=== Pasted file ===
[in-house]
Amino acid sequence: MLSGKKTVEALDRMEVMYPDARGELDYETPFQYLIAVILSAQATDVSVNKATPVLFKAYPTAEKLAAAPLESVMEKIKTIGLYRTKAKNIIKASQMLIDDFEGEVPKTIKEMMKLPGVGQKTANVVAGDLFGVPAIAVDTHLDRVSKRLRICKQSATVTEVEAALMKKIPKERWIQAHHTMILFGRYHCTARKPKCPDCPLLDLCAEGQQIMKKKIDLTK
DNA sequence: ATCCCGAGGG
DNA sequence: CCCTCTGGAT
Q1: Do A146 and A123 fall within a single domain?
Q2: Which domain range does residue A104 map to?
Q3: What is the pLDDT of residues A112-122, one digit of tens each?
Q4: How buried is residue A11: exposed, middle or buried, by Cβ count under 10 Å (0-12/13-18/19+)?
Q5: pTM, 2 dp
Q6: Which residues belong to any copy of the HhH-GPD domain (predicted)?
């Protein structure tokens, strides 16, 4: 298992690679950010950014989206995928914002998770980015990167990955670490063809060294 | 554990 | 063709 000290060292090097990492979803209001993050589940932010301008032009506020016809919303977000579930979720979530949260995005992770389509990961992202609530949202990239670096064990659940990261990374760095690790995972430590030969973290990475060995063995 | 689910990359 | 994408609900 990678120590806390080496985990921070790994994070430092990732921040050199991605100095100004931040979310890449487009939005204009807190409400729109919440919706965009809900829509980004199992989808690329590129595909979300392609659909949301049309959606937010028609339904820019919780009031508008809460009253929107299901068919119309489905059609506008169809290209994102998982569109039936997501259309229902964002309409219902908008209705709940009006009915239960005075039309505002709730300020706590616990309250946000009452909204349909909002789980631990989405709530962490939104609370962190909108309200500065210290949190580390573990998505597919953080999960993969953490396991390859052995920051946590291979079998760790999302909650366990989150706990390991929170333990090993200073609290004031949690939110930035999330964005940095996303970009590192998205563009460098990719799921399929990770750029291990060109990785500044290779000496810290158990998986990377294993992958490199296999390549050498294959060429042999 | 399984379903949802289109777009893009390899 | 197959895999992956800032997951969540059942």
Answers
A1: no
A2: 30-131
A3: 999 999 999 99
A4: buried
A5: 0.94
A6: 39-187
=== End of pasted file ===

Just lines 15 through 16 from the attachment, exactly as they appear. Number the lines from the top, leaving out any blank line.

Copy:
A3: 999 999 999 99
A4: buried